First, a plain conical tip isn't such a bad thing. That's what I mostly use for all kinds of soldering. Dead bug soldering usually requires less heating power, since there isn't a copper trace acting like a heat sink attached to the pin. A plain conical tip should work fine. Try it.

Second, many soldering irons have interchangeable tips. You only said you have a Weller, but not what model. Weller makes a lot of different soldering irons. Some good ones which definitely have interchangeable tips, like the popular WES51. They also make low end soldering stations aimed at people that don't know much about solder and buy on price. Some of those may not have interchangeable tips. The kind of people that buy a $40 soldering station because it costs less than the$45 soldering station don't think about changing tips when they buy, so the soldering station is designed for lowest possible initial price, even if maintainance costs more in the long run.

You get what you pay for.

I agree with the other answers that you shouldn't grind a tip that is still in good condition.

However, if you ever happen to have poor quality tips or tips that have weared out, you can use a file to reshape them. The downside is that as the copper corrodes, you'll usually have to repeat this every 5-10 times you use it. Eventually the tip will have been filed so short that it is no longer usable.

I do this to get big flat tips, which I only need rarely to solder bigger components.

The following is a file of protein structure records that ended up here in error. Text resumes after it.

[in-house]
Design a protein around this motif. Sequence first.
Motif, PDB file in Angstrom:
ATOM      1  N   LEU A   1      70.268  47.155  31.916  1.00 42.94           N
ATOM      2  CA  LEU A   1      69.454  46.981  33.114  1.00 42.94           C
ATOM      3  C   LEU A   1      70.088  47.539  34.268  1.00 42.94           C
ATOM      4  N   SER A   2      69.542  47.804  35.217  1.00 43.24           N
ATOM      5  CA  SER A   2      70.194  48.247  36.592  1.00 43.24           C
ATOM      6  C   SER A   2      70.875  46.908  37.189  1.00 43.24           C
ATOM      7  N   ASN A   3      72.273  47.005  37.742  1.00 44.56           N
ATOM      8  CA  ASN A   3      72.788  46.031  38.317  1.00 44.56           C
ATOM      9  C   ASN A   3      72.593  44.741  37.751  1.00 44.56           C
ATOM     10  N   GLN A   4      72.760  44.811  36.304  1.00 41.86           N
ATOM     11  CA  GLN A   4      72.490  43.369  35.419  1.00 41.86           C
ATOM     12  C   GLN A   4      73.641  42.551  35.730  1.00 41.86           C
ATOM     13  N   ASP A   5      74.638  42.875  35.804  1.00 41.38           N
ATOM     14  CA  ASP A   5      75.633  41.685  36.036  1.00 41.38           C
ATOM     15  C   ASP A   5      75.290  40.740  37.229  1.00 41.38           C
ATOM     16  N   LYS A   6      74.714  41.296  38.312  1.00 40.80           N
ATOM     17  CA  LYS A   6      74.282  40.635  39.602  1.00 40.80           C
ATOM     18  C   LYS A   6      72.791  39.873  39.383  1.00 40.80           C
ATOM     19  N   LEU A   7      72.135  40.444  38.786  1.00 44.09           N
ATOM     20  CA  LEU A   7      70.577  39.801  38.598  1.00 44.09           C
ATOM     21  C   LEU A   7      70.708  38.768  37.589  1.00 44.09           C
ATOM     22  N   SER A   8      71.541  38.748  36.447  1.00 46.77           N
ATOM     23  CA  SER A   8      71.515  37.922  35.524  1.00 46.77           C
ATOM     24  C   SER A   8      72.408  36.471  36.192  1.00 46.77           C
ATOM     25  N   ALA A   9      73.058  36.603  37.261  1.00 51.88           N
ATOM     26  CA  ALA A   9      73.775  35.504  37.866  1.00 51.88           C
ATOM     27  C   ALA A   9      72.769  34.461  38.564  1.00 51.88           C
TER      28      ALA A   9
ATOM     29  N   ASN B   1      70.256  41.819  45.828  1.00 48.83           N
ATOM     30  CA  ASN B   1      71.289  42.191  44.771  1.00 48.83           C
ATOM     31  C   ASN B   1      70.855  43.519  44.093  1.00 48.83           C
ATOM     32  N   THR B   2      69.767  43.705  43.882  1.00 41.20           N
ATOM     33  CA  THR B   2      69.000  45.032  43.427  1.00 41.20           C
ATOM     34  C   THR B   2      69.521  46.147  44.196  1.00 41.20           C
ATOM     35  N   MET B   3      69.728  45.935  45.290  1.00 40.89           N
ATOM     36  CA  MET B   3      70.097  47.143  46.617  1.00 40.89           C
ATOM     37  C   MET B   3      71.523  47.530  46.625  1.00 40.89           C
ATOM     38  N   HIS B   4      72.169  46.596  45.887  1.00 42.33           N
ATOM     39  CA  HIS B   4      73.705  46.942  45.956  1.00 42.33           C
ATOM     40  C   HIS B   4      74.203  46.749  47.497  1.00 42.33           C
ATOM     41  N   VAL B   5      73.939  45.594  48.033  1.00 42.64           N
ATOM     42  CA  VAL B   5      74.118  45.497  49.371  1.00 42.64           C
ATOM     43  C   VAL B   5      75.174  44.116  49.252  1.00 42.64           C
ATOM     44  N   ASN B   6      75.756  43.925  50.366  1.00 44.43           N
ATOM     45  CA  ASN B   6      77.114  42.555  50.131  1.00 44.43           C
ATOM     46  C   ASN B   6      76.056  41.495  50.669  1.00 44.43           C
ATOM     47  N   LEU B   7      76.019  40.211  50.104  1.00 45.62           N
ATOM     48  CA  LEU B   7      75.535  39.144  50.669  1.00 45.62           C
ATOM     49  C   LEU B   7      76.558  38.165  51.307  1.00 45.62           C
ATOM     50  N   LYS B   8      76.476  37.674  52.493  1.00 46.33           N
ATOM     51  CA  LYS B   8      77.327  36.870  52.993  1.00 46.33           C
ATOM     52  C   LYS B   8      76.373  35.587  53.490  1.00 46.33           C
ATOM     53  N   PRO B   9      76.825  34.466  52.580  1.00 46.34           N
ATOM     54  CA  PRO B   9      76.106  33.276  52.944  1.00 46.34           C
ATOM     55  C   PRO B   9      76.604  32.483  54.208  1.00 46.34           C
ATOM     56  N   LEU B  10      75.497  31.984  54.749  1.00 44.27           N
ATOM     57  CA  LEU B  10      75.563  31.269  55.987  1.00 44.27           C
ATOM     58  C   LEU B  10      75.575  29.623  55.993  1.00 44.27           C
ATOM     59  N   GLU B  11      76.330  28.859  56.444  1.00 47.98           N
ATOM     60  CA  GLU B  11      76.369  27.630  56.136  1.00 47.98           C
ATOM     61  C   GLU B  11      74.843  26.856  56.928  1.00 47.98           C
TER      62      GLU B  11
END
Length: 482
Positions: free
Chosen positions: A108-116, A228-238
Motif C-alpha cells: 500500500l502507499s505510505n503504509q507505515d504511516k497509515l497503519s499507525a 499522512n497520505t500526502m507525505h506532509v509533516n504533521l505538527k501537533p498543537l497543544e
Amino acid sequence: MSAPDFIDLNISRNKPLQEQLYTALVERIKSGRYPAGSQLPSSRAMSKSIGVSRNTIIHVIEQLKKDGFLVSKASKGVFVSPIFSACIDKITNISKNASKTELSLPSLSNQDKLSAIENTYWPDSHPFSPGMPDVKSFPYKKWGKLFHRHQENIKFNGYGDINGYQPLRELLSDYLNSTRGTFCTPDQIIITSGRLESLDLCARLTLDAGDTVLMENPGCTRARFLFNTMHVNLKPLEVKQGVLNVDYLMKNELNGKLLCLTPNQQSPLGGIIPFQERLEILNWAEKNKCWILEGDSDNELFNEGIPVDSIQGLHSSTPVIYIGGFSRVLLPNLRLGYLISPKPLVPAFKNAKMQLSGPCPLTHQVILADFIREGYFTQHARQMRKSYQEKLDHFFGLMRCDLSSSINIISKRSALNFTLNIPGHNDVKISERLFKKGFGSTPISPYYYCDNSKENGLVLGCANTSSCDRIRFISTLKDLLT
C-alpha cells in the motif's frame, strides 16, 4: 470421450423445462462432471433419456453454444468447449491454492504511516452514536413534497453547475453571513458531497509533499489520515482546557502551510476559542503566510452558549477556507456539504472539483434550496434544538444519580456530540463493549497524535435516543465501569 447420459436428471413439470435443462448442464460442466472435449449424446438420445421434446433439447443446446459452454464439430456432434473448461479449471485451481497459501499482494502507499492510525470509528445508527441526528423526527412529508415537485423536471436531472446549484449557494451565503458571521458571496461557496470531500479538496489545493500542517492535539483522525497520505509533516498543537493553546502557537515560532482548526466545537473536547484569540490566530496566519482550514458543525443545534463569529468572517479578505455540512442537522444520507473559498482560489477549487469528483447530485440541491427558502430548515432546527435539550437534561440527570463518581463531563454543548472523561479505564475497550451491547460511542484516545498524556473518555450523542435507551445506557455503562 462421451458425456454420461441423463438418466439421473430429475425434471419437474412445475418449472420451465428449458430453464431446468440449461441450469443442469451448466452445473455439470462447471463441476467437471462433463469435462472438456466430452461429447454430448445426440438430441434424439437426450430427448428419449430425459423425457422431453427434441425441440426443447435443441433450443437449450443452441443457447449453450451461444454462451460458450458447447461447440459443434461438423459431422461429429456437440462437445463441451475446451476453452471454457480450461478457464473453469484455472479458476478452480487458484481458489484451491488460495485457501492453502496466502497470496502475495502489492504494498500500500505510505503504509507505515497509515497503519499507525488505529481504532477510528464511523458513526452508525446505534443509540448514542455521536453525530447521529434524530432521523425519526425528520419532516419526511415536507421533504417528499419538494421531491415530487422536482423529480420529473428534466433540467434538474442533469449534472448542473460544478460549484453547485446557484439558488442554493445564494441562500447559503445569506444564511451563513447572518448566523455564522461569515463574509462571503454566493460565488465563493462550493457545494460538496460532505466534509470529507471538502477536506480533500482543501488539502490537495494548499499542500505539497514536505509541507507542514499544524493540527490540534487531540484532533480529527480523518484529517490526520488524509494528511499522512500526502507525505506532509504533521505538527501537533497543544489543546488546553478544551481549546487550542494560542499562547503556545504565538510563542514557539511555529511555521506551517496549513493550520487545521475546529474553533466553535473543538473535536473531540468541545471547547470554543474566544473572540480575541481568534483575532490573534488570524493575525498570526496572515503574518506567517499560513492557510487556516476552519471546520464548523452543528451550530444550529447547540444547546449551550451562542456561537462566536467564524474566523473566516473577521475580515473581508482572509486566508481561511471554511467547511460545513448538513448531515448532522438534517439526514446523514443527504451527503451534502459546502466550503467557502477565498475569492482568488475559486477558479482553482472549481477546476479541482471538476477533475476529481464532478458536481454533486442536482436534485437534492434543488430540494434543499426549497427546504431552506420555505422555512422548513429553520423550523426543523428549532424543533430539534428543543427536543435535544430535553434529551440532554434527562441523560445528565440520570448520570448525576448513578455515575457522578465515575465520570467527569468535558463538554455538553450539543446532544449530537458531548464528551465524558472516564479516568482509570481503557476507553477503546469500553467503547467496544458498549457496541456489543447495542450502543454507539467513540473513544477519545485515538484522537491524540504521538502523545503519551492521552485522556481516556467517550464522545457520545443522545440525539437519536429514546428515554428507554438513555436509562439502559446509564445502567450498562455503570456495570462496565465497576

• I've done this on quite thin copper wire wrapped round the tip, for some very fine work with an iron for which fine tips weren't available (let alone cranked tips for the awkward job). It worked well, but needed re-filing frequently. – Chris H Jan 20 '16 at 16:50

Yes solder tips are not solid, they are just plated. So you do not want to grind it down. That will remove the plating and then solder will no longer stick to the tip rendering it useless. However, most soldering irons have replaceable/exchangable tips, and they do make a chisel or flat tips you can purchase here. I don't think you will have any issues finding tip that is exactly what you are looking for.

Balderdash! I reshape tips at our school annually (if not sooner), a light filing and some 120 grit sand paper get them ready to accept the new tip tinning and they need to be reshaped precisely because of the pitting and breakdown of the steel coating. All but a few of my solder stations are 60 watt, no issues. Perhaps the problem is the tip tinner people use, I'm pretty sure mine is NOT ROHS compliant ....so it's the "good stuff", alternately we used to use a light coat of Kester solder paste, their ultra fine particulate size and excellent flux formulas can do the trick in a pinch if a tin pot isn't around. If you are buying tips for \$5 per 5 pack, then I suppose just spend away, it's not my money, but you truly don't need to fear a light polish or modest reshape. Notice I am not advocating a belt sander or a tool grinder, you shouldn't be sanding soft metals on those anyway as they can load up the belt grit or pores on a grinding wheel. A file and 120 paper are all you need. Though I should also specify these are conical tips not solder gun "y" tips or other odd sizes. This penchant for throwing things away prematurely like tossing a 95%++ of an intact rod of essentially solid copper is borderline irresponsible in the 21st century. Half the EE's I used to work with would get this concept, the other half spent money like water going over Victoria falls. My point is that telling people not to reshape and tin and if they do they are somehow deficient or foolish is just plain wrong, or at least disproven often enough by actual success that this post needed to be written.